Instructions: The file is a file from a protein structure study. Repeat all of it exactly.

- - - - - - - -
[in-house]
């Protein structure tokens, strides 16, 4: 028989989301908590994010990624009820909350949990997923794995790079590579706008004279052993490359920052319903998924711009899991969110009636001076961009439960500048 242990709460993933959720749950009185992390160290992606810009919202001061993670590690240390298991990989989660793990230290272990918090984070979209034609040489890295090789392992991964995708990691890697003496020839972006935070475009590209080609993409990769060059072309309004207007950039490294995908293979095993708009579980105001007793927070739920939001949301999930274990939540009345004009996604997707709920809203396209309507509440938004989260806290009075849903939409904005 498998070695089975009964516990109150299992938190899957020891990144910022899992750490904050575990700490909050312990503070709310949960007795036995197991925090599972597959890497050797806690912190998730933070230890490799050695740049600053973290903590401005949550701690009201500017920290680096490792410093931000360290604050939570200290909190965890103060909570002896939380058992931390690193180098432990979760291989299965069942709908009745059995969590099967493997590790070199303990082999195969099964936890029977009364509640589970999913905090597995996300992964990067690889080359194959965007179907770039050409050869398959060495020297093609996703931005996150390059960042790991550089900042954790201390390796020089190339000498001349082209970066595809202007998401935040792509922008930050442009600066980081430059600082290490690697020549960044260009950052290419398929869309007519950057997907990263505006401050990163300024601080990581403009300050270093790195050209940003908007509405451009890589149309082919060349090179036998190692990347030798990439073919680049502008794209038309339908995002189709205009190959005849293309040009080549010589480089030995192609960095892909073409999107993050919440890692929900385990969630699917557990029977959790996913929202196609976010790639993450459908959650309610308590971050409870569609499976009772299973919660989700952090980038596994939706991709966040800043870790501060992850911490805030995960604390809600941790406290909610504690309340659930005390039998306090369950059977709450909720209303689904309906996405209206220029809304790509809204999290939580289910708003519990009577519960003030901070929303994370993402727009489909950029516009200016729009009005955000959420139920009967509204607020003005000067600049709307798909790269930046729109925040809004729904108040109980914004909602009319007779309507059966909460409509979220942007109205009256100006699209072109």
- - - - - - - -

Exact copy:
[in-house]
């Protein structure tokens, strides 16, 4: 028989989301908590994010990624009820909350949990997923794995790079590579706008004279052993490359920052319903998924711009899991969110009636001076961009439960500048 242990709460993933959720749950009185992390160290992606810009919202001061993670590690240390298991990989989660793990230290272990918090984070979209034609040489890295090789392992991964995708990691890697003496020839972006935070475009590209080609993409990769060059072309309004207007950039490294995908293979095993708009579980105001007793927070739920939001949301999930274990939540009345004009996604997707709920809203396209309507509440938004989260806290009075849903939409904005 498998070695089975009964516990109150299992938190899957020891990144910022899992750490904050575990700490909050312990503070709310949960007795036995197991925090599972597959890497050797806690912190998730933070230890490799050695740049600053973290903590401005949550701690009201500017920290680096490792410093931000360290604050939570200290909190965890103060909570002896939380058992931390690193180098432990979760291989299965069942709908009745059995969590099967493997590790070199303990082999195969099964936890029977009364509640589970999913905090597995996300992964990067690889080359194959965007179907770039050409050869398959060495020297093609996703931005996150390059960042790991550089900042954790201390390796020089190339000498001349082209970066595809202007998401935040792509922008930050442009600066980081430059600082290490690697020549960044260009950052290419398929869309007519950057997907990263505006401050990163300024601080990581403009300050270093790195050209940003908007509405451009890589149309082919060349090179036998190692990347030798990439073919680049502008794209038309339908995002189709205009190959005849293309040009080549010589480089030995192609960095892909073409999107993050919440890692929900385990969630699917557990029977959790996913929202196609976010790639993450459908959650309610308590971050409870569609499976009772299973919660989700952090980038596994939706991709966040800043870790501060992850911490805030995960604390809600941790406290909610504690309340659930005390039998306090369950059977709450909720209303689904309906996405209206220029809304790509809204999290939580289910708003519990009577519960003030901070929303994370993402727009489909950029516009200016729009009005955000959420139920009967509204607020003005000067600049709307798909790269930046729109925040809004729904108040109980914004909602009319007779309507059966909460409509979220942007109205009256100006699209072109």